Before the age of two, different attachment styles are encoded into us. When we’re loved, nurtured and supported, we’re off to a healthy start as far as how we feel about and handle ourselves. We can have a stronger sense of self, can feel more confident and trusting in others and ourselves. When we’re raised in an environment where the love and attention was sporadic, uncertain and/or dangerous and threatening however, we move into our adult lives with more anxiety and fear. We may not be as trusting, may over or under compensate to feel loved and accepted, and may struggle with a healthy sense of self.
Are we stuck with this programming if we had a rough start?
Not necessarily. We may have to do more work to catch up but through tools, strategies and ways of retraining the brain, we’re not stuck at all. In this blog series (you can find the first of the series here) we’ll be talking about neuroplasticity-the brain’s ability to change and rewire versus being rigid and set.
So first, here’s a really simple way to see how the brain impacts how we feel.
We receive signals all the time from others and from our environment. We’re hardwired with certain things like a “negativity bias” for example. A negativity bias is the proneness to see something as negative, dangerous and harmful versus positive and helpful. It’s not to because we like to complain or find fault, it’s for our safety. This is different than being an optimist versus a pessimist or seeing the cup as half full versus half empty. Here’s what I mean.
Let’s say, millions of years ago, you were walking down a path and you saw a snake. If you assumed it was a stick instead and grabbed it, it meant death. But if instead you assumed it was dangerous and approached it with caution, you stayed alive. That’s the negativity bias in action and because it was there, it kept you safe.
If it wasn’t a snake and in fact was a stick, your negativity bias would still be at work. You would see the stick, think it’s a snake in order to protect you, and be pleasantly surprised to find it’s a stick after all. After a big sigh and moment of relief, you could pick it up, bring it back to your cave, and use it for a needed purpose. That reaction by the negativity bias is hard wired to keep you safe and alive. (We may not need it to keep us safe and alive now but understanding the negativity bias can give you some slack as to why you’re cautious).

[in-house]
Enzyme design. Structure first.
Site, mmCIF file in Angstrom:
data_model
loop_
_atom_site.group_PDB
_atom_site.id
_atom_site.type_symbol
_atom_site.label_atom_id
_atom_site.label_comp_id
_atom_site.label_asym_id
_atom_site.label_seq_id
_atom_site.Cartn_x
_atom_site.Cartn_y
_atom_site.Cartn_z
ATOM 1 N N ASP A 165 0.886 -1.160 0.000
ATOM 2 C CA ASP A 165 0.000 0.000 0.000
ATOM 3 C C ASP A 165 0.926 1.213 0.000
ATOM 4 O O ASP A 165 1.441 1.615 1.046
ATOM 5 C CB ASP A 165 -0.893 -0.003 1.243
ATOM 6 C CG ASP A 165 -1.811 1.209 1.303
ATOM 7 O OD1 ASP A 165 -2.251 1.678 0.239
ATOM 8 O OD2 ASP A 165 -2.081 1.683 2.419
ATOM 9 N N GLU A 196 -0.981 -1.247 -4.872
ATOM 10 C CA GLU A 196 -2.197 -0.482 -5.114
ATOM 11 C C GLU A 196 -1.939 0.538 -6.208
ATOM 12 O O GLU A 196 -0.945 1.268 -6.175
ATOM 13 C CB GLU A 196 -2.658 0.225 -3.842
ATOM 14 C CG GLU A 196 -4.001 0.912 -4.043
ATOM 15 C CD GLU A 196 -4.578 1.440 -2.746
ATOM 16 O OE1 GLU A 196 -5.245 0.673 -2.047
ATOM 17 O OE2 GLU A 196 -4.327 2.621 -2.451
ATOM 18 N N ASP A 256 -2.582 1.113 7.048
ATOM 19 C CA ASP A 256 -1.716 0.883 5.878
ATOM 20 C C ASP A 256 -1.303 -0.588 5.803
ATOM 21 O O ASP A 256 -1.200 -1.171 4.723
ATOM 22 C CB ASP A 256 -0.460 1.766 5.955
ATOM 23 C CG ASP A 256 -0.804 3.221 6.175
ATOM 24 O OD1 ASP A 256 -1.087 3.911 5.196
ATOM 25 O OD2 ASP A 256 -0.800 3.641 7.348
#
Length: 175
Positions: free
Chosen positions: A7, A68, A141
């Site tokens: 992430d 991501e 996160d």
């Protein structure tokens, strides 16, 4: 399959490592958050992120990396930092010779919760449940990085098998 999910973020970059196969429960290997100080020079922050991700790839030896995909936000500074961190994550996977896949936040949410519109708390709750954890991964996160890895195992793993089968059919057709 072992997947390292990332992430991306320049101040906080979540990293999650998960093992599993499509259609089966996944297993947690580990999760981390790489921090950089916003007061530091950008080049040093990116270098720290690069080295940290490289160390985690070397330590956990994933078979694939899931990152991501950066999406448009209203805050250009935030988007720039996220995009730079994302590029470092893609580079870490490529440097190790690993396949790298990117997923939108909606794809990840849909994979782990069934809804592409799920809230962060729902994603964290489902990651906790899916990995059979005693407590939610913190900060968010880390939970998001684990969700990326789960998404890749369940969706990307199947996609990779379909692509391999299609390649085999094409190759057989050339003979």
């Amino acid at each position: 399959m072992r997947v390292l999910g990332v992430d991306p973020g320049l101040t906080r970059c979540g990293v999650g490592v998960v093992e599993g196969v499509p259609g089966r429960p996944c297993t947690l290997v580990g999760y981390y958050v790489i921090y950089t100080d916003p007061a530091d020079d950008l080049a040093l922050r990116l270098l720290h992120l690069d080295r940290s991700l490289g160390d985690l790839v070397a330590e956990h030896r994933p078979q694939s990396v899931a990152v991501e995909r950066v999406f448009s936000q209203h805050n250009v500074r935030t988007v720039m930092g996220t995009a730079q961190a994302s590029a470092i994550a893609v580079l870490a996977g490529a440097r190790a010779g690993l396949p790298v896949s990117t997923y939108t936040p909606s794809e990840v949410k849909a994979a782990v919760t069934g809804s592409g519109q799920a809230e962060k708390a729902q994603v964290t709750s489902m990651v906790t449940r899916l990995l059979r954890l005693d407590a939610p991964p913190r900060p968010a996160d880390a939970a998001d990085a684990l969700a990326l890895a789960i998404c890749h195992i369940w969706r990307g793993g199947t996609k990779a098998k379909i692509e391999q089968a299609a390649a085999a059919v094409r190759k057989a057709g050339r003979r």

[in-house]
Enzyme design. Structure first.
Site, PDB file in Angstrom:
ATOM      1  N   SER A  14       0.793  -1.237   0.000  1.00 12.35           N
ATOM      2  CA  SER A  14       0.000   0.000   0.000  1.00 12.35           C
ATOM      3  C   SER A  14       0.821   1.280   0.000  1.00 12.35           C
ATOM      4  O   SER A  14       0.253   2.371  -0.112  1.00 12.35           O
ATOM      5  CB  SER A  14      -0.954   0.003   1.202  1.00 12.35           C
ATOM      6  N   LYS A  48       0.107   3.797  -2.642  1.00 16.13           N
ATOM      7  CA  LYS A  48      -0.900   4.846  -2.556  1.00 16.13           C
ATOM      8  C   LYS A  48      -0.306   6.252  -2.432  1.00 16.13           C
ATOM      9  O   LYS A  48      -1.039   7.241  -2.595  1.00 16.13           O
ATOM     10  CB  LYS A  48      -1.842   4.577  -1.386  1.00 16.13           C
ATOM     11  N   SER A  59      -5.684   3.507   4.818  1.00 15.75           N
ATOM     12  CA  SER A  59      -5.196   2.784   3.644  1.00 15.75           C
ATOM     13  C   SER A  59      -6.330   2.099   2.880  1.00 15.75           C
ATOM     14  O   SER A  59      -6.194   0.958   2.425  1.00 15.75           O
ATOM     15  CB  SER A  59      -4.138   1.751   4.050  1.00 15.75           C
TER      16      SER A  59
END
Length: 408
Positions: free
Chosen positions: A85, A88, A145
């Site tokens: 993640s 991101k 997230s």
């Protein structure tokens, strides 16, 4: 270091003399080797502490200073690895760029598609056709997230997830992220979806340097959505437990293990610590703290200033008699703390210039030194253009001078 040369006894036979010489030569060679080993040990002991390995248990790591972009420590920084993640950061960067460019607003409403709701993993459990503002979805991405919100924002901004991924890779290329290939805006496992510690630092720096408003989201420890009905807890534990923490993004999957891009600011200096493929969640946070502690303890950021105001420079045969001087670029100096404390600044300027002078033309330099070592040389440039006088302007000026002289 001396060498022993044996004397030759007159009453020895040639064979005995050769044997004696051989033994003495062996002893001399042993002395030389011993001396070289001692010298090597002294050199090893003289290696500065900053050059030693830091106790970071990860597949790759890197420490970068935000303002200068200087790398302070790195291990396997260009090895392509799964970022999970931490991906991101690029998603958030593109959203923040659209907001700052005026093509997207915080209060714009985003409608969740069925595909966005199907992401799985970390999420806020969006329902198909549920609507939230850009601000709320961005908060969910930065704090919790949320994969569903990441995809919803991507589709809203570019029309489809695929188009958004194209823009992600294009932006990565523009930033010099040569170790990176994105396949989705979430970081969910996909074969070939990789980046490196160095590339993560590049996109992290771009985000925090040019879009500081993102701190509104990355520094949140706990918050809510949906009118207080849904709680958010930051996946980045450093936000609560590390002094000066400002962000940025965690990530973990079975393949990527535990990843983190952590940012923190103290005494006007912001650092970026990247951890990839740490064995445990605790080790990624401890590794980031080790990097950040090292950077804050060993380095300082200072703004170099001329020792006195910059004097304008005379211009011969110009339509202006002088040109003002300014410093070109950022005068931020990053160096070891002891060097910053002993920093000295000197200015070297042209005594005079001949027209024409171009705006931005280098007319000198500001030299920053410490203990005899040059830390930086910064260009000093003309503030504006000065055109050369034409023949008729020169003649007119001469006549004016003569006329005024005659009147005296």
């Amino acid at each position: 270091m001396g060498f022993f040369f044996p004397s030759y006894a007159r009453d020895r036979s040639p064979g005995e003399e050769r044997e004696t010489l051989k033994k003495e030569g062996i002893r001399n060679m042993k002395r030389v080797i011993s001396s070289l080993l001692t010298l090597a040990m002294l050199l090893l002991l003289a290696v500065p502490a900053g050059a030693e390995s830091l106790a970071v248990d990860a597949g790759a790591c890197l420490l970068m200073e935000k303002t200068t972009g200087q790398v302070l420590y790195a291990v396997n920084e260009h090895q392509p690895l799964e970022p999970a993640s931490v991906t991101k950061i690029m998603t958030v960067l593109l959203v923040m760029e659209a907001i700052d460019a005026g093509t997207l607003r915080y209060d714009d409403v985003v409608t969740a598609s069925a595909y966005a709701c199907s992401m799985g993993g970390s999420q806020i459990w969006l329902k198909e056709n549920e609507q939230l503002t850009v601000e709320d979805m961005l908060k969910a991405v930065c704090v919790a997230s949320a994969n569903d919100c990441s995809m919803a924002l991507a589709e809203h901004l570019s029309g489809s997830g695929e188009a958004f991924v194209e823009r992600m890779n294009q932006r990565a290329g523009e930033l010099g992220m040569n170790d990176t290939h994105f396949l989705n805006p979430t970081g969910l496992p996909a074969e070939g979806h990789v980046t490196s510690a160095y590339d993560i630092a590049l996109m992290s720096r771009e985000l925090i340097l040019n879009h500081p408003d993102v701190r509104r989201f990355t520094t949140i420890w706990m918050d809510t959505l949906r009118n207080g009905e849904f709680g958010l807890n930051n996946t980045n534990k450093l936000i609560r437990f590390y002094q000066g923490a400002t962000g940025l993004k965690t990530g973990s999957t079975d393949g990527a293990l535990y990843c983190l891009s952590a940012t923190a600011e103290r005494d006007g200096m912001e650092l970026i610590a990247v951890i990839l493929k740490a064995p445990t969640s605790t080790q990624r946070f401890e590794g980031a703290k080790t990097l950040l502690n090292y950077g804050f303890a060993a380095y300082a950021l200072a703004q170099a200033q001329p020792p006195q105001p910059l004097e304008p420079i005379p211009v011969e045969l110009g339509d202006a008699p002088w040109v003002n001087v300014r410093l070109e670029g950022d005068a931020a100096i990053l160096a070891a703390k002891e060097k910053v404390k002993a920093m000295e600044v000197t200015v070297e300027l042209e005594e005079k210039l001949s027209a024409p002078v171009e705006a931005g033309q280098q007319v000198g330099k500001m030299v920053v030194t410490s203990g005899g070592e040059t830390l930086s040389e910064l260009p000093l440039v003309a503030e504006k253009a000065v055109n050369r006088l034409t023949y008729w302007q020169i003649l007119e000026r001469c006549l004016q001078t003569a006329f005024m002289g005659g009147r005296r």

Besides the negativity bias, we have other wiring and the more we understand it, the more we can work with it to help us handle our reactions and responses the way we want to.
Let’s go back to your old anatomy class where you learned this (and if you’re like me, you forgot) but now as an adult, getting a refresher helps to explain why you feel the way you do.
So there’s the autonomic nervous system which, without our awareness, controls bodily functions like breathing, your heartbeat and your digestion. We don’t need to think about it, it’s working 24/7 every moment you’re alive.
The autonomic nervous system (ANS) includes a few branches but we’re going to focus on the sympathetic nervous system (SNS) and the parasympathetic nervous system (PNS).
- The sympathetic nervous system activates our fight/flight response. That’s how we’re able to quickly get the blood and oxygen we need to our heart, lungs and limbs so we can run to safety. For example, let’s say there’s a car racing towards you. Your sympathetic nervous system ignites your stress response, and that’s why you can easily jump the curb and stay safe.
- The parasympathetic nervous system helps us “rest and digest.” It helps to slow and calm us down versus revving us up to fight or flee.
When these systems are balanced and in homeostasis, we feel good. When they’re out of balance, we don’t.
- An overactivation of the sympathetic nervous system can lead to anxiety, stress, and over time, can lead to stress related illnesses, symptoms, conditions and disease.
- An overactivation of the parasympathetic nervous system can cause us to numb out and shut down, close up and withdraw.
In this series we’re going to be diving in deeper to how to begin to regulate these responses and start to bring you back to a more balanced and comfortable state. For now, see if you can remember a time when your negativity bias was hard at word to save you. What happened and how did it help you? We’d love to know, comment and share!